Dr. Larry Shiner
Larry Shiner Dr. Larry Shiner
Emeritus Professor of Philosophy, History, Visual Arts
Phone: (217) 206-7194
Office: VPA 143
Teaching Concentration: philosophy of art, the Enlightenment, Greek philosophy, and philosophy of history
Research Interests: later French philosophy, especially the work of Paul Ricoeur and Michel Foucault
Dr. Shiner has taught philosophy and cultural history at UIS since 1971.
View Dr Shiner’s resume
- Ph.D. Phenomenology, Université de Strasbourg, France
- Ph.D. Existential Philosophy, Université de Strasbourg, France
- M.A., Drew University
- B.A., Northwestern University
Publications and Research
The Invention of Art: A Cultural History
Format: Paperback, 362 pp
Pub. Date: April 2003
Publisher: University of Chicago Press
From The Critics:
“University of Illinois philosophy professor Shiner (The Secret Mirror, etc.) spent over a decade honing what he calls a “brief history of the idea of art.” This carefully prepared and given the extent and complexity of what he is discussing admirably concise, well-organized book is the result. Looking forward as much as backward, Shiner finds that “the category of fine art is a recent historical construction that could disappear in its turn.”
He plausibly traces the 18th-century division between “so-called polite and vulgar arts” from a time when music, for example, was played at home or for “religious and civic occasions” to when it started to be played in concerts with no other goal than artistic enjoyment in and of itself: “On this high cultural ground, noble and bourgeois could meet as a fine art public, rejecting both the frivolous diversions of the rich and highborn as well as the vulgar amusements of the populace.”
It was the beginning of art as we experience it today. Shiner cites examples from a wide range of forms, including Shakespeare’s plays, Greek drama, Cellini’s sculptures and Michelangelo’s paintings. He also discusses Asian art, pointing out how “the Japanese language had no collective noun for `art’ in our sense until the nineteenth century” and establishes that the phrase “Chinese art” is also a relatively recent invention, since before the 19th century no one in China “grouped painting, sculpture, ceramics, and calligraphy together as objects” with something determinate in common.
Essentially optimistic in tone, this book argues that people who complain about the “death of art” are really just failing to measure “the staying power of the established art system.” A must for larger art collections, Shiner’s text is scholarly but accessible, and should appeal to readers with even a dabbler’s interest in art theory.” Publishers Weekly.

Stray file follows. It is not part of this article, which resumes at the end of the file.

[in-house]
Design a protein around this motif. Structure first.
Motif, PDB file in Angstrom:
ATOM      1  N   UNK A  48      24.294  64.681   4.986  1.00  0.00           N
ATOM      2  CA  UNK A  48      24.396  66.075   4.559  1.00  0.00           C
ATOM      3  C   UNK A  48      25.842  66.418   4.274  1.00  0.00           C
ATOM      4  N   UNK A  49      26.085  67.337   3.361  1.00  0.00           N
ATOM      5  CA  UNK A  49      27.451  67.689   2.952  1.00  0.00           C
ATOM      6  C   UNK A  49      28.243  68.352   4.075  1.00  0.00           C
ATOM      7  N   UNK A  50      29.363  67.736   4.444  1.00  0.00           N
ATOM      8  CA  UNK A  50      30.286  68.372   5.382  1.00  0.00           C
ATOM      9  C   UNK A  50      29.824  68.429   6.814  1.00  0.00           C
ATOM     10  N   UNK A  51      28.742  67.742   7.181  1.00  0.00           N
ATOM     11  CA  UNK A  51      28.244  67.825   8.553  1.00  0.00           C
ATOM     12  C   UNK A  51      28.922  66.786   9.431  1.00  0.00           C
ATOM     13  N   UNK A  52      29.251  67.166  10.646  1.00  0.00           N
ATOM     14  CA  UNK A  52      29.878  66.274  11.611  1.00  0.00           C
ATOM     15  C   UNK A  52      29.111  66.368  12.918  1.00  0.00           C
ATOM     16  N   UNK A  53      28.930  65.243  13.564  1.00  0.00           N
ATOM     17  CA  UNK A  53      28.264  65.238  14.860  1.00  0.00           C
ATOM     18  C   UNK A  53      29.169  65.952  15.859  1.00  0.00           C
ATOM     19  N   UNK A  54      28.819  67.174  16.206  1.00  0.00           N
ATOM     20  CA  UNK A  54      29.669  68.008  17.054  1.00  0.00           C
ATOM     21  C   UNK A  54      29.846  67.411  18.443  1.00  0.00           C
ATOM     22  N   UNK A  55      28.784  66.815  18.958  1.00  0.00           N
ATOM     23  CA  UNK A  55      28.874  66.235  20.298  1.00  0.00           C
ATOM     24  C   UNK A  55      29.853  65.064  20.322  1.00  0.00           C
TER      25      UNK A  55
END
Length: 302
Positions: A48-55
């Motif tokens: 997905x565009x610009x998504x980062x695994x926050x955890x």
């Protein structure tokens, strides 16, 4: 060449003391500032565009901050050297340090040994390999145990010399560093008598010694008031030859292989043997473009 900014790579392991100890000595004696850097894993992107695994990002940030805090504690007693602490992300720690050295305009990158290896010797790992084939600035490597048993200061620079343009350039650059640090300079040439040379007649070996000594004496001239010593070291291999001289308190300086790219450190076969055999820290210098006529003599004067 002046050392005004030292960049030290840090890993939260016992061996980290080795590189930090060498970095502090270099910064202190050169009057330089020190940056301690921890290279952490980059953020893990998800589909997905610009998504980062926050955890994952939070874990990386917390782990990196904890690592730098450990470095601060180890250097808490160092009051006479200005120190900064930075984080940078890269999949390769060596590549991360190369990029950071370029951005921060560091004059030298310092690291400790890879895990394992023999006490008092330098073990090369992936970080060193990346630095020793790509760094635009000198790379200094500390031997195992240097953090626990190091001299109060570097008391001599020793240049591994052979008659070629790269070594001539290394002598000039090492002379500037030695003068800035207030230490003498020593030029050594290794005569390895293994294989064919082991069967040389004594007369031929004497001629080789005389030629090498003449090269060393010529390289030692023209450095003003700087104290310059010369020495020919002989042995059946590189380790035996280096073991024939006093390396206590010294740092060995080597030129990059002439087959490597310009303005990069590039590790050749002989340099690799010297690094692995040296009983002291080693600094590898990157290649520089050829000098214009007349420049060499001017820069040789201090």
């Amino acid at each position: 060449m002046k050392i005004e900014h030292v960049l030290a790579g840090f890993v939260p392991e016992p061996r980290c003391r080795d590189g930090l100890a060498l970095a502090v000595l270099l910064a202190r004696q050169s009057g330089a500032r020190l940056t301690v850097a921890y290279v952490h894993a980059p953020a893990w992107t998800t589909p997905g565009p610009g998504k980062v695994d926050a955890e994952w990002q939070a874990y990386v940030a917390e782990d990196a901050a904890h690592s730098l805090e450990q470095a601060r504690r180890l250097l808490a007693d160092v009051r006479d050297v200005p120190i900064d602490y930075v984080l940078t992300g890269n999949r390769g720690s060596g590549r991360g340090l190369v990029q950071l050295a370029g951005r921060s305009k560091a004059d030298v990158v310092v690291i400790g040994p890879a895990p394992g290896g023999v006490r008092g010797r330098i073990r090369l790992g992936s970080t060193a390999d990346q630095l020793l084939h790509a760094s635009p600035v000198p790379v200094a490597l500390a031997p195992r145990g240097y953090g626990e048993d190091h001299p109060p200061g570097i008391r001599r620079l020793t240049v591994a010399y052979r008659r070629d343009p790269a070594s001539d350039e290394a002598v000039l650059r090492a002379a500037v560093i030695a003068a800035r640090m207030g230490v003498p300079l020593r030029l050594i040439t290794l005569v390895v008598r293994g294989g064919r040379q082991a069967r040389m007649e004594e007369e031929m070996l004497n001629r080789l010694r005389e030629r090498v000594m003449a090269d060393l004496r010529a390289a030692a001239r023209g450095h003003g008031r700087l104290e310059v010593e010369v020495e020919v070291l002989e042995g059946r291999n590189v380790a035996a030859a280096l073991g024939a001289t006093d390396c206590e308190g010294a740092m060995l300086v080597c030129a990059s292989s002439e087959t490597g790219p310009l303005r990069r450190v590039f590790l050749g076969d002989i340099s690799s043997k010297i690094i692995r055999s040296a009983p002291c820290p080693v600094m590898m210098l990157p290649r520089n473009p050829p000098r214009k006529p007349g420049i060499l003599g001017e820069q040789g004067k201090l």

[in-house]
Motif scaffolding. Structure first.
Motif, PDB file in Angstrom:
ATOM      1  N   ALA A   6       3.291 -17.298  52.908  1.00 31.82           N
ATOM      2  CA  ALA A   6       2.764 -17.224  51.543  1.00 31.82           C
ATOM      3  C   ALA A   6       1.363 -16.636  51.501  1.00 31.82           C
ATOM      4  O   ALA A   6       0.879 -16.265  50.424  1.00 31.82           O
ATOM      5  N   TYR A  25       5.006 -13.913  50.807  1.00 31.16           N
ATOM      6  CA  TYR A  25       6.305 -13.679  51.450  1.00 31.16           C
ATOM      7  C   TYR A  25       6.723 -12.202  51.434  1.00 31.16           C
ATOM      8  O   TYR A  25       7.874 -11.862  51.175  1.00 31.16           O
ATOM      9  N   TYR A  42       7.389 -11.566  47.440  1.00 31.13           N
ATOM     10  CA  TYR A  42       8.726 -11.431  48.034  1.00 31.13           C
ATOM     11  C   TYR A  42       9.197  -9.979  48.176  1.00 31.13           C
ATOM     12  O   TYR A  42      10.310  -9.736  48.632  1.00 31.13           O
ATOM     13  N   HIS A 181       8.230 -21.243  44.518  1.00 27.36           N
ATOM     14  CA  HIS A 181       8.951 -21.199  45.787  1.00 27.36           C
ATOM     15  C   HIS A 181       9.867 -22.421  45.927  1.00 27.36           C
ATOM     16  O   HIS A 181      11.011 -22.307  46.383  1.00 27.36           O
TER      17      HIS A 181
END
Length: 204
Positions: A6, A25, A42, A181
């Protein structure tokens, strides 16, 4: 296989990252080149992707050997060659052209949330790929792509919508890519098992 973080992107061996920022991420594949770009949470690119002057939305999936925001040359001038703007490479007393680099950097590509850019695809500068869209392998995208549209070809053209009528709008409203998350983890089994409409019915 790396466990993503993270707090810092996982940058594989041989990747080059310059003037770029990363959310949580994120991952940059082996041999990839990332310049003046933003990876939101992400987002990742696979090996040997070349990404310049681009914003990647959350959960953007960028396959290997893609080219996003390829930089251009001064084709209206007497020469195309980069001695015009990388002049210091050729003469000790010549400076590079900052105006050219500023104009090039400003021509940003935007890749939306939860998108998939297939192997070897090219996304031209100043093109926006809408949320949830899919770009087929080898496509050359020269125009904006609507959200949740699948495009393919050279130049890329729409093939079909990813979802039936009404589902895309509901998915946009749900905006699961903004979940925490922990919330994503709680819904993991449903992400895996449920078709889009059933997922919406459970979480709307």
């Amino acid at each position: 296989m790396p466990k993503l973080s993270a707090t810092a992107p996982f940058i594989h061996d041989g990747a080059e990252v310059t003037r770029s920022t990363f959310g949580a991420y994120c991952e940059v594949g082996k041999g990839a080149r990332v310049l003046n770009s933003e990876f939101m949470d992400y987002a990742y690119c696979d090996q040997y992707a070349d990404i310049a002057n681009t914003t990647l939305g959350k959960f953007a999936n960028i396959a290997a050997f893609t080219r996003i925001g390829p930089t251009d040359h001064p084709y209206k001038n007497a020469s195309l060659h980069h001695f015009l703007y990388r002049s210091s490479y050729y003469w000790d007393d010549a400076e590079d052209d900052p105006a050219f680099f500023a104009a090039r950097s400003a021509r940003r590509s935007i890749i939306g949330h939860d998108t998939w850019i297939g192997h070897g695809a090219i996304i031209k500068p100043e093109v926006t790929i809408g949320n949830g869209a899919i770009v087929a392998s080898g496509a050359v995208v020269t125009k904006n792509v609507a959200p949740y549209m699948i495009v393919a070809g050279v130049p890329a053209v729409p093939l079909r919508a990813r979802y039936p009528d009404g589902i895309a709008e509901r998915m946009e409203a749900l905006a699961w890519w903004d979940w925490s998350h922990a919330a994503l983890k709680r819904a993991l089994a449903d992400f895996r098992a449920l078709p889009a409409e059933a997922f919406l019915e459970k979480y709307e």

Secret Mirror: Literary Form and History in Tocqueville’s “Recollections”
Format: Hardcover, 248 pp
Pub. Date: August 1988
Publisher: Cornell University Press
From the Publisher:
“Shiner examines the ‘Recollections’ as a test case of the relation between form and content in historical writing. Drawing on current literary theory and semiotics, Shiner offers a close reading which at once confirms the inevitably literary character of historical writing and demonstrates how historical analysis of Tocqueville’s writings deepens our understanding of his political thought.”
The Secularization of History: An Introduction to the Theology of Friedrich Gogarten
Format: Hardcover, 236 pp
Pub. Date: 1966
Publisher: Abingdon Press
A penetrating analysis of the thought of Friedrich Gogarten that provides a sound basis for grasping the important facets of his theology, especially those that contribute to the current interest in secular theology. In his introduction, Dr. Shiner sets the stage by pointing to the relevance of Gogarten and showing some of the lines of influence he generated. He then presents the core of Gogarten’s thought, the secularizing and historicizing influence of the Christian faith.
This book provides important background for those attempting to understand secular theology and the “God is dead” movement by developing the relation of Gogarten’s thought to such popular American theological writers as Harvey Cox, William Hamilton, and Paul van Buren.
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—C. Herman Prichett, Professor of Political Science Emeritus, University of California, Santa Barbara
Dr. Shiner compares Gogarten’s response to the problems of secularization with other basic responses in his conclusion. An appendix gives a survey of Gogarten’s writings prior to and including the World War II period. This book should be a great help to those English-speaking theologians desiring to know more about this influential German thinker.
Dr. Shiner has also published a number of articles in French philosophy, philosophy of religion, philosophy of history, philosophy of art, such as “Primitive Fakes, Tourist Art, and the Ideology of Authenticity,” Journal of Aesthetics and Art Criticism, Vol. 52, 1994).